Use of polyvinyl alcohol (PVA) to overcome challenges in ophthalmic formulations

Successful ophthalmic drug formulations rely on the selection of the correct polymer to ensure the desired characteristics such as retention in the eye cavity and solubility. One example of such an excipient is polyvinyl alcohol (PVA) which offers many advantages for ophthalmic drug formulations including eye drops, suspensions, and gels. It is a biocompatible synthetic polymer produced by the polymerization of vinyl acetate and partial hydrolysis of the resulting esterified polymer. PVA is recognized as safe (GRAS) by the US Food and Drug Administration (FDA) , does not have any immunogenic effects, and its long-term use has been demonstrated in many different formulations including oral, topical and ophthalmic.


PVA offers many advantages for ophthalmic formations including eye drops and hydrogels. It is water soluble and has a narrow range of viscosity and a high degree of swelling, offering the precise viscosity needed for formulations to remain in the eye cavity. Scientific evidence and long-term use confirm the physiological compatibility and safety of PVA, while a variety of grades allows selection of the exact properties needed for specific formulations.

Its physicochemical properties make PVA especially well suitable for the application in ophthalmic drug delivery systems including:

  • The ability to form a transparent solution which is essential for medications administered to the eye
  • High adhesion and high correlation properties, which enable retention in the eye cavity
  • Suitability for lubricating eye drops
  • The ability to act as an inhibitor of crystallization which helps retain solubility of the API throughout storage of the dosage form


As a synthetic polymer, PVA offers batch-to-batch consistency and is available in different grades defined by viscosity, hydrolysis and the microbial load (total aerobic bacteria, total yeast and total mold count), which should be specified by the manufacturer. These grades come with different physicochemical properties, making them suitable for different applications.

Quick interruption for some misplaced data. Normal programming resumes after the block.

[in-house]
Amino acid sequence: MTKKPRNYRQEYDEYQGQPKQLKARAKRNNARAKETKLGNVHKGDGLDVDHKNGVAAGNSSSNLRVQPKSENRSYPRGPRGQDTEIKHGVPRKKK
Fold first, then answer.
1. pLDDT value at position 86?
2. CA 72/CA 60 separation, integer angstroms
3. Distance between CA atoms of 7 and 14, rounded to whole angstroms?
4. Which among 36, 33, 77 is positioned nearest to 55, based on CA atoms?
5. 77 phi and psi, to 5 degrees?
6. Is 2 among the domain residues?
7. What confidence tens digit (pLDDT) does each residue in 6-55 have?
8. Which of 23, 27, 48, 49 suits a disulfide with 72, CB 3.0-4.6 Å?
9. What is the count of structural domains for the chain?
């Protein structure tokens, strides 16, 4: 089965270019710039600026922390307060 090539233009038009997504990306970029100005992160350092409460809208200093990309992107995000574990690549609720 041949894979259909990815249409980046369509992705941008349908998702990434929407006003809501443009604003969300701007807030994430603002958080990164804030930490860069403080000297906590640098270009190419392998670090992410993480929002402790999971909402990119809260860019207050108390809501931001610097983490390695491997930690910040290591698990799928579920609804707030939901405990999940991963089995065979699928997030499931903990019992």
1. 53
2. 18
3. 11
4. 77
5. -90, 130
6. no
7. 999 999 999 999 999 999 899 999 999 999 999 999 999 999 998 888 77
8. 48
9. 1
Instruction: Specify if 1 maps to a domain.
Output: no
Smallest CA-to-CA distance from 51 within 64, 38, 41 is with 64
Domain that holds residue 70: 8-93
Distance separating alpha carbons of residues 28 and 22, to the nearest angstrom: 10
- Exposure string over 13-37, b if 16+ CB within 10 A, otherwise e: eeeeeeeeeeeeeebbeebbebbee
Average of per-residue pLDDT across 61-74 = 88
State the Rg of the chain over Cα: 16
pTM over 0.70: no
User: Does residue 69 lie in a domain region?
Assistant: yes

Lower viscosity grades of PVA can be used for lubricant activity, to enhance API solubility and as inhibitors of crystallization. If the formulation is a suspension or gel, a high viscosity grade PVA is more suitable and can be used as a thickener or viscosity enhancer. Different hydrolysis grades of PVA, which refer to the amount of residual, unhydrolyzed acetate groups within the polymer chain, also affect the polymer performance. Higher hydrolysis grades improve tensile strength of the hydrogel and provide a stronger gel scaffold through H-bonds while lower hydrolysis grades might be a better choice for drug delivery of poorly water-soluble APIs. However, since some pharmacopoeias restrict the hydrolysis grade variation, there is limited flexibility in this aspect.

Another important consideration when using PVA is the possible presence of crotonaldehyde, which is a strong eye irritant and a process impurity generated during synthesis. While there is no information in the pharmacopeia regarding the limit of this impurity, given its toxic nature, it is important that this impurity content is known and controlled. Due to stringent regulatory requirements in this segment, a multi-compendial product and regulatory and documentation support by the manufacturer is essential to facilitate regulatory submission. We specify low crotonaldehyde limits for PVAs.


Table 1 compares the preparation, appearance, and presence of foam and particles in solutions of three different polymers commonly used in ophthalmic preparations: PVA, and semi-synthetic options such as hydroxypropylmethylcellulose (HPMC) and carboxymethyl cellulose (CMC). While a higher temperature is recommended for PVA dissolution, the result will be a clear, particle free solution without foam. HPMC and CMC can be dissolved at room temperature, but it may be challenging to obtain particle-free solutions, and foaming was observed during HPMC solution preparation.

Use of polyvinyl alcohol (PVA) to overcome challenges in ophthalmic formulations_Table 1
Table 1. Comparison of solubilization parameters for three polymers commonly used in ophthalmic formulations.

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Source: Merck, Use of polyvinyl alcohol (PVA) to overcome challenges in ophthalmic formulations,

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